SFP's Statement on Netflix's Pilot Programme Terms

SFP's Statement on Netflix's Pilot Programme Terms

Netflix International B.V. has disclosed the conditions of its pilot programme offering additional compensation to Polish filmmakers. As anticipated, the terms presented to selected crew members are highly unfavourable to creators. Despite Netflix urging authors not to consult agents or lawyers, several have approached SFP-ZAPA to evaluate the proposed provisions.

Crucially, not every release, despite profiting Netflix, qualifies for a settlement. The proposed mechanism for 'additional remuneration' applies only to productions watched at least in 90% by 10 million viewers. This condition requires minimum of 10 million viewers to watch an entire season to trigger payment. Surprisingly, Netflix may exclude countries with an existing internet royalty system from this settlement. This therefore applies to countries with by far the highest consumption of content on demand across the European Union, such as France, Spain, or Italy, where statutory royalties from VOD have already been introduced.


The so-called 'additional remuneration' for film or series authors is unrelated to Netflix's profits; it's arbitrarily determined by Netflix for each production. This method contradicts proportional remuneration, undermining the essence of platform revenue linkage. The initial payment, even for productions not reaching 10 million views, may take five to six years, with rates lower than rightful royalties from online exploitation.


The proposed agreements violate Polish and European law, worsening the creators' legal standing. This affects current rights guaranteed by Polish law and new ones forthcoming from the 2019 Directive on Copyright in the Digital Single Market.


(1) Authors signing Netflix's contract unreasonably relinquish all claims, limiting their ability to address rights infringements or demand additional remuneration from above-average profits. Netflix can potentially commit various types of infringements of the rights of the series creators, making unauthorized fragmentation of the film, advertising use going beyond the scope of the production contract, etc.


(2) The agreement significantly restricts Netflix's disclosure obligations, hindering creators' ability to acquire vital information about their work's exploitation. These restrictions are completely unjustified and contrary to the standards introduced by the Digital Single Market Copyright Directive. 


(3) The agreement seemingly waives statutory royalties under Polish law, putting creators at risk of receiving neither statutory royalties nor Netflix's 'additional remuneration.'


(4) Creators are unconditionally bound to fight against statutory royalties, risking further obstacles to their rights.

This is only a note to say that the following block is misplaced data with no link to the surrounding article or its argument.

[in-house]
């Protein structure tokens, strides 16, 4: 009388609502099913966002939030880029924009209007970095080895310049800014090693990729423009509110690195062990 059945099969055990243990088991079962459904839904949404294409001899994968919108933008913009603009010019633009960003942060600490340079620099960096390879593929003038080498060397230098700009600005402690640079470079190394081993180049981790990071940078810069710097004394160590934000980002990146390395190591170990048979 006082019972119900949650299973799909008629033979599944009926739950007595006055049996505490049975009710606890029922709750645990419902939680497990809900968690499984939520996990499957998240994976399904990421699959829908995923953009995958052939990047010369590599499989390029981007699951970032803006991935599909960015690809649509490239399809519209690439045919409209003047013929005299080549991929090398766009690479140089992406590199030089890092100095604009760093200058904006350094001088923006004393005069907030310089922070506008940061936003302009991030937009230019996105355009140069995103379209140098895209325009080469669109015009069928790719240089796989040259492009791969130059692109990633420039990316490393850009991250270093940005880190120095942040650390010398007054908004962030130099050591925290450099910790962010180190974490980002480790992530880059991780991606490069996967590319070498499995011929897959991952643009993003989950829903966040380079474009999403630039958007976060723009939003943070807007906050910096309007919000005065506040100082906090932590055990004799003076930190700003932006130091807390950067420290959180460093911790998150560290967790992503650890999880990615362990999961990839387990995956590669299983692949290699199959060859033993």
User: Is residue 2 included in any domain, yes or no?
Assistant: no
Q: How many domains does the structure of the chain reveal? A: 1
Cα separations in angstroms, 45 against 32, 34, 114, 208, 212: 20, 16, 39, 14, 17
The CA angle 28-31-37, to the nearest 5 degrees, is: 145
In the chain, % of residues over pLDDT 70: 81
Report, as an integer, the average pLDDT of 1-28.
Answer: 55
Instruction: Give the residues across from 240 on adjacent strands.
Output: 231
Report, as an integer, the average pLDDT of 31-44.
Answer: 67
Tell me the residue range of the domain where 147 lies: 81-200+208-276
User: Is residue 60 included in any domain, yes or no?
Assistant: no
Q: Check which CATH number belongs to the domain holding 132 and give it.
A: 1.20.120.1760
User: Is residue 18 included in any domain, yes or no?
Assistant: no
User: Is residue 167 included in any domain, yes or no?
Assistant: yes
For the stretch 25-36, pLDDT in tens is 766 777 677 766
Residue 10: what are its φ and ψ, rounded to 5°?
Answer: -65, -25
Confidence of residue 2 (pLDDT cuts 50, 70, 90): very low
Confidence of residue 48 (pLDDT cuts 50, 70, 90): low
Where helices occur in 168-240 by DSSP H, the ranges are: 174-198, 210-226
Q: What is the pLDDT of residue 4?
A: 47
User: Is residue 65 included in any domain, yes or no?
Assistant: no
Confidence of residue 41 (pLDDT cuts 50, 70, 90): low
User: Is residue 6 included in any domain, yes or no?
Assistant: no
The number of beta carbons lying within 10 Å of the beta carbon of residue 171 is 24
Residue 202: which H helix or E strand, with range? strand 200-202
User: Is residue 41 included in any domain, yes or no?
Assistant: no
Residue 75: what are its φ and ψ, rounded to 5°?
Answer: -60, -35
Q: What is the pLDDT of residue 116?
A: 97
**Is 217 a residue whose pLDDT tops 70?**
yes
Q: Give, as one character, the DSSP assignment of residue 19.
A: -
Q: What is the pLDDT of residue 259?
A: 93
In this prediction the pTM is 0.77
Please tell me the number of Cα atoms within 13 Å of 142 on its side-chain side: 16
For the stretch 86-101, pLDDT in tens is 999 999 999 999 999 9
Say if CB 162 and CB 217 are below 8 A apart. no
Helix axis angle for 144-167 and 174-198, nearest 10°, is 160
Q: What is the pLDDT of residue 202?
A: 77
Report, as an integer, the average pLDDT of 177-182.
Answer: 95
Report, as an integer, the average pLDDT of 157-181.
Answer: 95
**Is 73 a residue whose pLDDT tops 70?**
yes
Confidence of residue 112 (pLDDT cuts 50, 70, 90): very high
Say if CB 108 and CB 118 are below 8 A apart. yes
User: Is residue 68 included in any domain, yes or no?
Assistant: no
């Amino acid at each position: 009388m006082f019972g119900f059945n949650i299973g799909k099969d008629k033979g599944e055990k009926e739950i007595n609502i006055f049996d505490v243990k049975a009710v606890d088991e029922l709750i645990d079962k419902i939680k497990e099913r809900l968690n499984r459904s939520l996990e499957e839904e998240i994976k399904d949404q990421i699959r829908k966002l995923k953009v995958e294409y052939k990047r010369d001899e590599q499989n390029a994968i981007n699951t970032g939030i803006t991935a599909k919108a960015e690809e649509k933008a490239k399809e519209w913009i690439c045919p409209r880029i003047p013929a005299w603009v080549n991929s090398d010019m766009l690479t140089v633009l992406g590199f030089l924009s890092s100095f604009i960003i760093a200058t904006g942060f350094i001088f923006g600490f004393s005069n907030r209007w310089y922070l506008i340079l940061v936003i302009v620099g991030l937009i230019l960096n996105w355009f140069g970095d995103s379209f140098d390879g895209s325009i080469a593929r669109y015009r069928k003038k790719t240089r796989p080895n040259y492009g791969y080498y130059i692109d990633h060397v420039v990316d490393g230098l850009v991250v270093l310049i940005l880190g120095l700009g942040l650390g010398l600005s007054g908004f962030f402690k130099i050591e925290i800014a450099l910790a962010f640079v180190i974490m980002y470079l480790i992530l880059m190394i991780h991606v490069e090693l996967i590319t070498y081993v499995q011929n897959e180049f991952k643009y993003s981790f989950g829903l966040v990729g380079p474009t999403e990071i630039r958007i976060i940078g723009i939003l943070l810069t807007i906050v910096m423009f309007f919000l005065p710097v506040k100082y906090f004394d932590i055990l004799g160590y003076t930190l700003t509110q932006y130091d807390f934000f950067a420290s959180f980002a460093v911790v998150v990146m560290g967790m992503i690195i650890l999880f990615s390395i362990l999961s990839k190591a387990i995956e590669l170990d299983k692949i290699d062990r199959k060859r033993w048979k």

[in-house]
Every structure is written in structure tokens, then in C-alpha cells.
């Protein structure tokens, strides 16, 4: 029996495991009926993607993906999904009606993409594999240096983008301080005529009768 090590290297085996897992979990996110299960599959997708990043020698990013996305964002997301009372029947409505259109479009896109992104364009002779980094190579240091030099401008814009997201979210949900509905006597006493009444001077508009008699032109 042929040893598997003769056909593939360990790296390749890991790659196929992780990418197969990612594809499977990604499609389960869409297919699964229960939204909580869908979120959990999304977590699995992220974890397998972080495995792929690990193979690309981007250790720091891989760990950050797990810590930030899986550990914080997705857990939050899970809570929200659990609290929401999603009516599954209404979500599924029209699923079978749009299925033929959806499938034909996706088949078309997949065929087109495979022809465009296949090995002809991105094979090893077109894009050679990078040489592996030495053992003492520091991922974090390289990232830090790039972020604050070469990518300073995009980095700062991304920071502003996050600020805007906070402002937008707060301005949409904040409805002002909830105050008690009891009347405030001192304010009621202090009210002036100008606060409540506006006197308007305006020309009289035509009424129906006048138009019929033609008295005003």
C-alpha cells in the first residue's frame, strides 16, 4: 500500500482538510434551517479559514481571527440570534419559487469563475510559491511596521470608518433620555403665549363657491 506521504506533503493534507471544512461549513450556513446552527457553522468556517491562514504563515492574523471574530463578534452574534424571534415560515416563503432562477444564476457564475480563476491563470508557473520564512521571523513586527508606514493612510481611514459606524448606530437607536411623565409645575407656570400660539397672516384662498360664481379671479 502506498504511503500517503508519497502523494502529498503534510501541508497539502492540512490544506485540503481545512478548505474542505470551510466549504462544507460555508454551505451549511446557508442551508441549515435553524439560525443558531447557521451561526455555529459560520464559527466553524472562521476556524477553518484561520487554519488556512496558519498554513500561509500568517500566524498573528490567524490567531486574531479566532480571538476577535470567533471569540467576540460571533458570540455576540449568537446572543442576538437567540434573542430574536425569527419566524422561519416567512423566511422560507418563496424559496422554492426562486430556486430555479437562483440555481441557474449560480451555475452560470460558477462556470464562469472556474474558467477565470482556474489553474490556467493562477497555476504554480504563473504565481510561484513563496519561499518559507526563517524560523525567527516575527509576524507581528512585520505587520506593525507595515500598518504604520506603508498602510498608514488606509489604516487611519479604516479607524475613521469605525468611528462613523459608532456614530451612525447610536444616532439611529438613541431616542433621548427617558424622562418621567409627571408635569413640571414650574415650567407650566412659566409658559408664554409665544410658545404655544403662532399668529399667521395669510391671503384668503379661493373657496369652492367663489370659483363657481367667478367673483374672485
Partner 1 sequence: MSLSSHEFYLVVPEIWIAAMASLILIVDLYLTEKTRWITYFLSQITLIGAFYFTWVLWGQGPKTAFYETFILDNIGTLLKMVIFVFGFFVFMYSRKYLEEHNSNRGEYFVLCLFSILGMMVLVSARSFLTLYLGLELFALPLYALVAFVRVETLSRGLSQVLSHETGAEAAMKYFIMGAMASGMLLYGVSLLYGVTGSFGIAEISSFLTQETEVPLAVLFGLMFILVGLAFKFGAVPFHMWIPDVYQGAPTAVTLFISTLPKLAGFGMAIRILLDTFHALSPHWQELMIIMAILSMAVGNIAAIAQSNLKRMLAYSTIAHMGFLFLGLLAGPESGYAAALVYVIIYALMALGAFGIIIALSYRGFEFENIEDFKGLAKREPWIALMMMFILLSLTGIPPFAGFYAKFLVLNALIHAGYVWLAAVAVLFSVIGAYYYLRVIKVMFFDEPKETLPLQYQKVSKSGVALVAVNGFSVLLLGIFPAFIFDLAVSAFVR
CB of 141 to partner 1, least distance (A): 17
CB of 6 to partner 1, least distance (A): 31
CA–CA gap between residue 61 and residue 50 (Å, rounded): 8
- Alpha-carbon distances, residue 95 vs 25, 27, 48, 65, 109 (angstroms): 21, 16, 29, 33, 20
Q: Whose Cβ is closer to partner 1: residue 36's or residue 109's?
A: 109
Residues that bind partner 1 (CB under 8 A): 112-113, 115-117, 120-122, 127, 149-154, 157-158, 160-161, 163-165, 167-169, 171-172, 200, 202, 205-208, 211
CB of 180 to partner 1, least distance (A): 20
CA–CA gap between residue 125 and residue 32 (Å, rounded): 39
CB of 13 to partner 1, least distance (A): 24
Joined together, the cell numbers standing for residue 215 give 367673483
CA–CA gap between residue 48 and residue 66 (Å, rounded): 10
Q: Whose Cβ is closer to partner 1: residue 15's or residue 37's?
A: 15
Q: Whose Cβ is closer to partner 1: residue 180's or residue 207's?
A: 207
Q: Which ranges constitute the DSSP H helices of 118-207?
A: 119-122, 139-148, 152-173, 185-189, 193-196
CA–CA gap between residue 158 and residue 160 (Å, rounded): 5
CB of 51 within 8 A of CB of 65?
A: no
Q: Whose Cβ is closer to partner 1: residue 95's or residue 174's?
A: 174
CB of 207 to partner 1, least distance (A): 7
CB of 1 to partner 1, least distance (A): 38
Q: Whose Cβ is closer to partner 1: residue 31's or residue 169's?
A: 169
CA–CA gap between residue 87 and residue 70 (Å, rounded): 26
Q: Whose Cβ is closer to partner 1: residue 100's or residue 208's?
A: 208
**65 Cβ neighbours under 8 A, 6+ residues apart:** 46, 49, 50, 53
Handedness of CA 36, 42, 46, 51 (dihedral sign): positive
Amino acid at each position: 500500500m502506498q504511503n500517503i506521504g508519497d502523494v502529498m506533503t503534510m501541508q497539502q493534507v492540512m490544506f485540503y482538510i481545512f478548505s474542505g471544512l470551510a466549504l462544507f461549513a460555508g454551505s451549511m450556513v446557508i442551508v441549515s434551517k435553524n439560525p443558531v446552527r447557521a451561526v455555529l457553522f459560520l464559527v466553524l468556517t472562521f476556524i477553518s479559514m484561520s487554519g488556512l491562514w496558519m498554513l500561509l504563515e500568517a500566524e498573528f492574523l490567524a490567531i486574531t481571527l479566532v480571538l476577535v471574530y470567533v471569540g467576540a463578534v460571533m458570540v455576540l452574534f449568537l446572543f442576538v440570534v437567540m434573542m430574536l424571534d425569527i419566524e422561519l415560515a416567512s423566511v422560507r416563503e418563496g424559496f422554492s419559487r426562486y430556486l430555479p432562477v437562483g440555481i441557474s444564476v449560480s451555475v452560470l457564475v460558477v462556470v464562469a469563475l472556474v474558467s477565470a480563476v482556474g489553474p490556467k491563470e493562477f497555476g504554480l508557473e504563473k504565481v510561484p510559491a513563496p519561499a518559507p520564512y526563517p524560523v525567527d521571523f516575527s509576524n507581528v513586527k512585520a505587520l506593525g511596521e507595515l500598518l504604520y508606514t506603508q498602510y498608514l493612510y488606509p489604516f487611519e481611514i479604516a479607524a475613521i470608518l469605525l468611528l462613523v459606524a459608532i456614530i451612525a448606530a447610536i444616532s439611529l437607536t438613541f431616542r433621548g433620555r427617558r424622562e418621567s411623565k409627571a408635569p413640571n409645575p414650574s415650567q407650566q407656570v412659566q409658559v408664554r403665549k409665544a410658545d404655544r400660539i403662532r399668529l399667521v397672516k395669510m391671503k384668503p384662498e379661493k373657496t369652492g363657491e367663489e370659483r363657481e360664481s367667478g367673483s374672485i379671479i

Dominik Skoczek, director of SFP-ZAPA, remarks on Netflix's potential motive, stating, "In my opinion, Netflix's real intention is to try to influence the new government before adopting statutory royalties from the internet for all filmmakers. We are concerned that Netflix will use the argument that the proposed mechanism of so-called 'additional remuneration' is sufficient and that there is no need to further strengthen the rights of creators through statutory royalties. Similar actions have been carried out by Netflix in other countries, such as Germany. German directors and screenwriters have described the terms of the collective agreement negotiated over their heads with Netflix for only selected creators as 'the worst in Europe.' Only a statutorily guaranteed solution will ensure that all creators are paid in full proportion to the profits of online platform owners. It is significant that the proposal was addressed to Polish creators just now - on the eve of the appointment of the new government, which, as is well known, has a decidedly more pro-EU stance than the previous one. It can therefore be assumed that it will swiftly implement the directive, which has already been delayed for 2.5 years."

Jacek Bromski, President of the Polish Filmmakers Association, denounces Netflix's offer, stating, "Netflix's offer can be considered an abuse of dominant position. It was made only to selected film and series creators, it is not subject to any negotiations and the deadline for its acceptance was set for a very short time, which makes a detailed analysis impossible. It is scandalous that a platform which functions and becomes rich thanks to film creators is dividing the Polish film community on an unprecedented scale. It creates blacklists of filmmakers, pits some against others and threatens to shut down productions in Poland. Netflix's actions today have led to a situation in which a handful of filmmakers, pampered by the platform, must decide whether to deprive the entire community of their due streaming remuneration."